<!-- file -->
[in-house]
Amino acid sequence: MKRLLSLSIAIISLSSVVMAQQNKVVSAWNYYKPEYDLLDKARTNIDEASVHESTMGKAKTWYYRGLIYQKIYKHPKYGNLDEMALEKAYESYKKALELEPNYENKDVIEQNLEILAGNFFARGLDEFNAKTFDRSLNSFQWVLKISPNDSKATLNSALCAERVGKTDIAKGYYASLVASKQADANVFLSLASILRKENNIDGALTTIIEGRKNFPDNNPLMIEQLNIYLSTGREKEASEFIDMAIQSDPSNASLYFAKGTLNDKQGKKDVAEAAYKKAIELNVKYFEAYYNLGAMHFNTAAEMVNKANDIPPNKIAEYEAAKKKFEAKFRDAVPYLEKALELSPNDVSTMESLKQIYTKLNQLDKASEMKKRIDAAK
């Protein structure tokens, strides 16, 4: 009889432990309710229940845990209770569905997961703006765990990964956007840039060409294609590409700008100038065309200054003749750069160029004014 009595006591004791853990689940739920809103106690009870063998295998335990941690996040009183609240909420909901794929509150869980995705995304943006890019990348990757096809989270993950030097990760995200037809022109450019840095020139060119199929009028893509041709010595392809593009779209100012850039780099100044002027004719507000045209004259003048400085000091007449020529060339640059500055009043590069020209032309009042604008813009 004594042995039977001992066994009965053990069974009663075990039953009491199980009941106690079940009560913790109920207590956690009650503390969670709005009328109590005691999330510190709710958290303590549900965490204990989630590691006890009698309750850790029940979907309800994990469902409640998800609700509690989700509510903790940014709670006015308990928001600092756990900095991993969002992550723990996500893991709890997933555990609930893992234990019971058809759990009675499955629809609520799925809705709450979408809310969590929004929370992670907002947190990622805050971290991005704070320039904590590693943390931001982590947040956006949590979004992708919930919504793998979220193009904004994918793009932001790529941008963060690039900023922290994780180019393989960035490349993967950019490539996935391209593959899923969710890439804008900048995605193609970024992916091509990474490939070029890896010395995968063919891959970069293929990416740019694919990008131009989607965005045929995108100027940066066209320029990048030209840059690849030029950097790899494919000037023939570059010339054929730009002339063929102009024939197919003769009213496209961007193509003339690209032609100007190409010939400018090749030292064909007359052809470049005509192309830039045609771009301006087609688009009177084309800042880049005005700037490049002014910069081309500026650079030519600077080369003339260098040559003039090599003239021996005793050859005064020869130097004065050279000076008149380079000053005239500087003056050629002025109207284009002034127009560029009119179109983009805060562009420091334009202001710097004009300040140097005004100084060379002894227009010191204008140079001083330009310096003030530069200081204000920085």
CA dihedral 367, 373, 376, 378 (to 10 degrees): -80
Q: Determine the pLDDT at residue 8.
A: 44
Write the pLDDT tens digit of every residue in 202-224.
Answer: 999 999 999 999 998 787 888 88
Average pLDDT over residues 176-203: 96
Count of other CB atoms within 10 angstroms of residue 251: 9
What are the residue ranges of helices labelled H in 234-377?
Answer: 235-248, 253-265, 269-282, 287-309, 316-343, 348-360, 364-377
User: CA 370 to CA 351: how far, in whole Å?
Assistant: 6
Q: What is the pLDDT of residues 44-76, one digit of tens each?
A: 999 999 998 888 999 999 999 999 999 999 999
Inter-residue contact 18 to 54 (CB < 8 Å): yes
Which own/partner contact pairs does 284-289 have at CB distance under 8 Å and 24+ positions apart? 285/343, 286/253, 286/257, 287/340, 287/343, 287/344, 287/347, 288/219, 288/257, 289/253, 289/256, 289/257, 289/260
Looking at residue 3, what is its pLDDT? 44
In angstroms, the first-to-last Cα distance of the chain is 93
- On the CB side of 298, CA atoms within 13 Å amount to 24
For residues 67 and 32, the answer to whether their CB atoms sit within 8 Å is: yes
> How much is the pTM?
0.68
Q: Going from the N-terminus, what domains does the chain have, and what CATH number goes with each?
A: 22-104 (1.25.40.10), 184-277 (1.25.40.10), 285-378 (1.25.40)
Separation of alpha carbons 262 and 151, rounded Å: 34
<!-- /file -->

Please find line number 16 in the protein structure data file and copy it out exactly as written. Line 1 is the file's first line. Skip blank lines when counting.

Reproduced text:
A: 999 999 998 888 999 999 999 999 999 999 999